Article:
If you are interested in blogging or want to promote your book, please contact E. B. Davis at writerswhokill@gmail.com.

October Interviews
10/2 Debra H. Goldstein, Two Bites To Many
10/10 Connie Berry, A Legacy of Murder
10/17 Lida Sideris, Double Murder or Nothing
10/23 Toni L. P. Kelner writing as Leigh Perry, The Skeleton Stuffs A Stocking
10/30 Jennifer David Hesse, Autumn Alibi

Saturday Guest Bloggers:
10/5 Ang Pompano
10/12 Eyes of Texas Anthology Writers
10/19 Neil Plakcy

WWK Bloggers: 10/26 Kait Carson


Congratulations to our writers for the following publications:

Lyrical Press will publish Kaye George's Vintage Sweets mystery series. The first book, Revenge Is Sweet, will be released in March. Look for the interview here on 3/11.

Shari Randall will be writing again for St. Martin's, perhaps under a pseudonym. We look forward to reading Shari's Ice Cream Shop Mystery series debuting next year. Congratulations, Shari!

Susan Van Kirk's A Death At Tippett Pond was released on June 15th. Read E. B. Davis's interview with Susan.

KM Rockwood's "Frozen Daiquiris" appears in The Best Laid Plans: 21 Stories of Mystery & Suspense, edited by Judy Penz Sheluk. The anthology was released on June 18th.

Fishy Business anthology authors include KM Rockwood, Debra Goldstein, and James M. Jackson. This volume was edited by Linda Rodriguez.

Please read Margaret S. Hamilton and Debra Goldstein's short stories (don't ask about their modus operandi) in a new anthology, Cooked To Death Vol. IV: Cold Cut Files.

Warren Bull's Abraham Lincoln: Seldom Told Stories was released. It is available at: GoRead: https://www.goread.com/book/abraham-lincoln-seldom-told-stories or at Amazon: https://tinyurl.com/ydaklx8p

Grace Topping's mystery, Staging is Murder was released April 30.


Wednesday, June 27, 2018

An Interview with Author Abby L. Vandiver by E. B. Davis

Now I was starting to feel bad. Giving my auntie such a hard time. I probably
could have been more supportive of her breaking the law and snooping around.
Wait…that didn’t sound right.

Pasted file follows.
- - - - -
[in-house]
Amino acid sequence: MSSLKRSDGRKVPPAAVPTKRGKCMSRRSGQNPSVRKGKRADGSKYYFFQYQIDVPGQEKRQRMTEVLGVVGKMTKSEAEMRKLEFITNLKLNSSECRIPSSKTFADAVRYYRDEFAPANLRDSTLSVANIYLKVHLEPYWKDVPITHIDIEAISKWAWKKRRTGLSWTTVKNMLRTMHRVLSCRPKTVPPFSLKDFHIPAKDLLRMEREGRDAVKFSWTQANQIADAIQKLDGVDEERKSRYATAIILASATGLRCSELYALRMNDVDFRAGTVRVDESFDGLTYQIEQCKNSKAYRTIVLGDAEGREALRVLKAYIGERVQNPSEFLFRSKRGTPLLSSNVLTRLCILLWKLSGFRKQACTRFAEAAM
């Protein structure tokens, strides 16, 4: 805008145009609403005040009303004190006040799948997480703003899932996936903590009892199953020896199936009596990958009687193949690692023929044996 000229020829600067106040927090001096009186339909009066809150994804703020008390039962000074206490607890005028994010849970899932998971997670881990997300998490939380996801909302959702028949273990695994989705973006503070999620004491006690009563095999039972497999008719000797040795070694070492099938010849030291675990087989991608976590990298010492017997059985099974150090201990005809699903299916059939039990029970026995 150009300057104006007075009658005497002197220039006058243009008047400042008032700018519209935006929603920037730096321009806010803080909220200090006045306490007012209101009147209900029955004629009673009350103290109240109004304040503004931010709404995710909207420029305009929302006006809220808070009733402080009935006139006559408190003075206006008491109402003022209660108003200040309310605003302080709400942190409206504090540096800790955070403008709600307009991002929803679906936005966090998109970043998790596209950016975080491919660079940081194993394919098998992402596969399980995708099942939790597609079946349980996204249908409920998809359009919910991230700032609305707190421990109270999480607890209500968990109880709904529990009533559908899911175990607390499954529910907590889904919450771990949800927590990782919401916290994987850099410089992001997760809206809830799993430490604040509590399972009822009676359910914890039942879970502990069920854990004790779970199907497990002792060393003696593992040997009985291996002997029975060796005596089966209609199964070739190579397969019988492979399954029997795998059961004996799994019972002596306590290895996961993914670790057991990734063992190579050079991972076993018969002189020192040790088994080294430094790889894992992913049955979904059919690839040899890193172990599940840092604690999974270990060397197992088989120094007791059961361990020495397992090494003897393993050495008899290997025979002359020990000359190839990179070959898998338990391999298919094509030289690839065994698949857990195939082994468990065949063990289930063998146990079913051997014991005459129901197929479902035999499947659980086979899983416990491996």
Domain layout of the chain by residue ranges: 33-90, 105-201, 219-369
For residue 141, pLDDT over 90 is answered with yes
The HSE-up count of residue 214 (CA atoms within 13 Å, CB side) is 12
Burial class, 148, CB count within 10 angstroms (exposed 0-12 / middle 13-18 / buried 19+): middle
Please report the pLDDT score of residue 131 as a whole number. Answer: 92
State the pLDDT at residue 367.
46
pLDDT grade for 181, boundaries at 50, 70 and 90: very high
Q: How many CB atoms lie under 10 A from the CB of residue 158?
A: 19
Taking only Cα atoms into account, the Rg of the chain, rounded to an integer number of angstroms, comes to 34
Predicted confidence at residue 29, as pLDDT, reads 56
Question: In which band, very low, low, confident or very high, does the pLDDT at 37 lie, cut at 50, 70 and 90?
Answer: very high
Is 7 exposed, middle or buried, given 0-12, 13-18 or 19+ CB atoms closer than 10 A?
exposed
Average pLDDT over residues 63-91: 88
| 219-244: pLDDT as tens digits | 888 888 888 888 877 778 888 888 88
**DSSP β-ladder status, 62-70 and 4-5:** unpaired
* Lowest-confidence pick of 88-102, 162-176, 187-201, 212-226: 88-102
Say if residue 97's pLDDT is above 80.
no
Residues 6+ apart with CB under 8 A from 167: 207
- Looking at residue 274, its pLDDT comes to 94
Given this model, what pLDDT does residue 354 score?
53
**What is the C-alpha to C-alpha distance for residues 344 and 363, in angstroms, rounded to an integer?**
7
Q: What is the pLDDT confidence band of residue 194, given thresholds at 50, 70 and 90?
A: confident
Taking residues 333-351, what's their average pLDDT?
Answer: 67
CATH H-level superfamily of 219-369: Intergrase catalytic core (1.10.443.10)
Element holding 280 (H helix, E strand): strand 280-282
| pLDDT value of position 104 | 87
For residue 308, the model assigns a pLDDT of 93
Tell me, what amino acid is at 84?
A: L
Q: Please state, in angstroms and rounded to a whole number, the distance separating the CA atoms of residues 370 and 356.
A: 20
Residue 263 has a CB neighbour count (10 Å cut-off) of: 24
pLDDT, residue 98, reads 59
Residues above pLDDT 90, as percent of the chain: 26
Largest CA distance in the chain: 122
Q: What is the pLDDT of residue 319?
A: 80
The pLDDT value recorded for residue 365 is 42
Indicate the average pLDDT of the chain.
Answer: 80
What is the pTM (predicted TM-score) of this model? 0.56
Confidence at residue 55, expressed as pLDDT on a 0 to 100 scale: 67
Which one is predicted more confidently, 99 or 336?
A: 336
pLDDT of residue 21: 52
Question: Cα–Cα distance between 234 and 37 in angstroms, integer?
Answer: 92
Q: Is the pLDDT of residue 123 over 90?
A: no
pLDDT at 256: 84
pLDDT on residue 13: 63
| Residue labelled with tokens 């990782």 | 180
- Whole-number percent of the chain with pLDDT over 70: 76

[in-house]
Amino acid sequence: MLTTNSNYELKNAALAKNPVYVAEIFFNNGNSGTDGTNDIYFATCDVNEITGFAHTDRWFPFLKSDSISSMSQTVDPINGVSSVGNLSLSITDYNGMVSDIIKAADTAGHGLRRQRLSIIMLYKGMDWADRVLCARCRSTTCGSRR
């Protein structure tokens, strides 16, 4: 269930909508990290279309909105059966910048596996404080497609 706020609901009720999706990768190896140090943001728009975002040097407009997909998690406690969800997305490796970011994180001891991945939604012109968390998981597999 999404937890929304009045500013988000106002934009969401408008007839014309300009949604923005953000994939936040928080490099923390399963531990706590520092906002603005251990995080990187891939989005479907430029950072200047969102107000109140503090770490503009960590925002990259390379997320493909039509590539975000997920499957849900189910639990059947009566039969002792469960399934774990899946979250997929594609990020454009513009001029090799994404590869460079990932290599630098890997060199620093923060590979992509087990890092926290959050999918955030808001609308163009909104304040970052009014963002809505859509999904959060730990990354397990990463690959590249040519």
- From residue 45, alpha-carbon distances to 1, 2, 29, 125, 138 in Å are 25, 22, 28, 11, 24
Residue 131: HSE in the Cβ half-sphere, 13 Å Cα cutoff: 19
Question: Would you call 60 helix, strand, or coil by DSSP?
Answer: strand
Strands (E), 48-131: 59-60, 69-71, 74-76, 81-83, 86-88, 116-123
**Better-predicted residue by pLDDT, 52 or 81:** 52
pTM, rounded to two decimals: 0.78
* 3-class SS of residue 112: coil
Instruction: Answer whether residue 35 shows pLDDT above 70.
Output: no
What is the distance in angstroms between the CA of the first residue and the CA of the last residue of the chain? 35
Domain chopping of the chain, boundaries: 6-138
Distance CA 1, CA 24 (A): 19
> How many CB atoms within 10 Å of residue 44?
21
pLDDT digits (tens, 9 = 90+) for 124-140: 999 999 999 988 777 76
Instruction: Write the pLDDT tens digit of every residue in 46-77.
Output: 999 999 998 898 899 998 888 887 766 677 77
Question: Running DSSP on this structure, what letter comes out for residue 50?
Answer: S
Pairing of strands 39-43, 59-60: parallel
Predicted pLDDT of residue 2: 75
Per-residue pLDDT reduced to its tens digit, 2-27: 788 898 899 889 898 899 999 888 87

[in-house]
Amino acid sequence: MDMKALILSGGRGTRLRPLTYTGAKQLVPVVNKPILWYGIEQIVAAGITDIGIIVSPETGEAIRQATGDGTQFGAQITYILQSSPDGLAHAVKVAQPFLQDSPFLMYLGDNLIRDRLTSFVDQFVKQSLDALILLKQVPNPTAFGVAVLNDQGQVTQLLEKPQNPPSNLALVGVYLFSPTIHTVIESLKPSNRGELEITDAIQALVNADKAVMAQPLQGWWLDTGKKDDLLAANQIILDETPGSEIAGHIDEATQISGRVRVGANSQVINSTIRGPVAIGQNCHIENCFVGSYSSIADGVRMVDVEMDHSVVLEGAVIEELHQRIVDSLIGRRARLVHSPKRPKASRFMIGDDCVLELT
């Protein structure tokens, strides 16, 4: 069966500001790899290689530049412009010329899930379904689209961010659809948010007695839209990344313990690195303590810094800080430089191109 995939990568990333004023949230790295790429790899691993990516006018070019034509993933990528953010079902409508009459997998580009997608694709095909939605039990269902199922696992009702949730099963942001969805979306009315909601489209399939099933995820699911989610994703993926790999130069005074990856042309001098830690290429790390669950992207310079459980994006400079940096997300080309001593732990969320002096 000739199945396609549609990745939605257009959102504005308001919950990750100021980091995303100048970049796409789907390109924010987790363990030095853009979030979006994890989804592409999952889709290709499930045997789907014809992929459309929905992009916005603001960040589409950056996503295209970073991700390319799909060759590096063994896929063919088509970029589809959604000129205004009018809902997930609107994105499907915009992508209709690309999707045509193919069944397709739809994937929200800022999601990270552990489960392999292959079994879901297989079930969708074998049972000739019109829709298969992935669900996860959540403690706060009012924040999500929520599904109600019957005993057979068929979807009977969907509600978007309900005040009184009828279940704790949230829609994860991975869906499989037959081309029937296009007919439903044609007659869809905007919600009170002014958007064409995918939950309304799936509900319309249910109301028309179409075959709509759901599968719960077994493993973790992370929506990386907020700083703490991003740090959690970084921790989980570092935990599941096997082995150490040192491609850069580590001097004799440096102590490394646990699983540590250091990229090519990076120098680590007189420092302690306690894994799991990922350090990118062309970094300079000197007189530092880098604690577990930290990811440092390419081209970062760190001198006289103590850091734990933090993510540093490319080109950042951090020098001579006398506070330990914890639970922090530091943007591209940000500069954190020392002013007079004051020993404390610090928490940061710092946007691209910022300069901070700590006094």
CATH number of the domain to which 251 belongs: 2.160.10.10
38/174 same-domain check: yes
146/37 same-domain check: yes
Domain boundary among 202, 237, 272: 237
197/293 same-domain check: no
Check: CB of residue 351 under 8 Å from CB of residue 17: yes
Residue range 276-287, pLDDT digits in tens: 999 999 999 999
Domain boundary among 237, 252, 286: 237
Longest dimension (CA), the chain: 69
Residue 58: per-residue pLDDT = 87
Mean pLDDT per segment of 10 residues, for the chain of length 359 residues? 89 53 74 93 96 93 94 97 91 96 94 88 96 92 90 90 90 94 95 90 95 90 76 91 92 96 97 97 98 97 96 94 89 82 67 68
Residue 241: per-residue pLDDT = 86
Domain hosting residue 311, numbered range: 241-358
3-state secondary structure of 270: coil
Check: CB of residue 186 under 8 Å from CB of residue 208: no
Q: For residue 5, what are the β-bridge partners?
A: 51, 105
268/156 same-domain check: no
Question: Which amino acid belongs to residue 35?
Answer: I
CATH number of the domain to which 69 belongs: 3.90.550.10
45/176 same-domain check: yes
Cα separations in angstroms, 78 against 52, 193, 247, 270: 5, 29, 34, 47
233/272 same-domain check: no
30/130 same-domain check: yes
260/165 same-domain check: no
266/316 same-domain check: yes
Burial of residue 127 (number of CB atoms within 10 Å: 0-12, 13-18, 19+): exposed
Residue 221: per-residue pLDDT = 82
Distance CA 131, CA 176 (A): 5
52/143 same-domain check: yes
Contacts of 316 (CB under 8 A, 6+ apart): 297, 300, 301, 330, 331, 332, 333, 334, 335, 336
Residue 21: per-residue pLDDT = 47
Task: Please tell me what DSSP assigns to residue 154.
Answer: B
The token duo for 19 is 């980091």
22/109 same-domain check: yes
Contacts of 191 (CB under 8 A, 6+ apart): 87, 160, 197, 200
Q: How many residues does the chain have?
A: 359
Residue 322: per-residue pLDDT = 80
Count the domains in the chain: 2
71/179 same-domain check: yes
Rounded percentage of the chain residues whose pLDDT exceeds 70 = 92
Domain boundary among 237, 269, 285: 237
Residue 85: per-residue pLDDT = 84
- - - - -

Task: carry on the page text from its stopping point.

Abby L. Vandiver, Secrets, Lies & Crawfish Pies, Kindle Loc. 1830

Romaine Wilder, big-city medical examiner with a small-town past, has been downsized and evicted. With few other options, she’s forced to return to her hometown of Roble in East Texas, leaving behind the man she’s dating and the life she’s worked hard to build.

Suzanne Babet Derbinay, Romaine’s Auntie Zanne and proprietor of the Ball Funeral Home, has long since traded her French Creole upbringing for Big Texas attitude. She’s a member in a number of ladies’ auxiliaries and clubs, including being in charge of the Tri-County Annual Crawfish Boil and Music Festival.

Hanging on to the magic of her Louisiana roots, she’s cooked up a love potion or two—if she could only get Romaine to drink it. But her plans are derailed when the Ball Funeral Home, bursting at the seams with dead bodies, has a squatter stiff.

Dead Guy is a problem.

Auntie Zanne can’t abide by a murderer using her funeral home as the dumping grounds for their crimes, and Romaine doesn’t want her newly elected cousin, Sheriff Pogue Folsom, to fail on his first murder case. Together, Romaine and Auntie Zanne set off to solve it.

With a dash of humor, a dollop of Southern charm, and a peek at current social issues in the mix, it’s a fun romp around East Texas to solve a murder mystery of the cozy kind.

Henery Press released Abby L. Vandiver’s first book in the Romaine Wilder Mystery series, Secrets, Lies, & Crawfish Pies on June 12. But this release isn’t Abby’s debut. She has self-published three other series, one of which is written with a friend and is paranormal. (It’s on Kindle Unlimited—I just downloaded it!)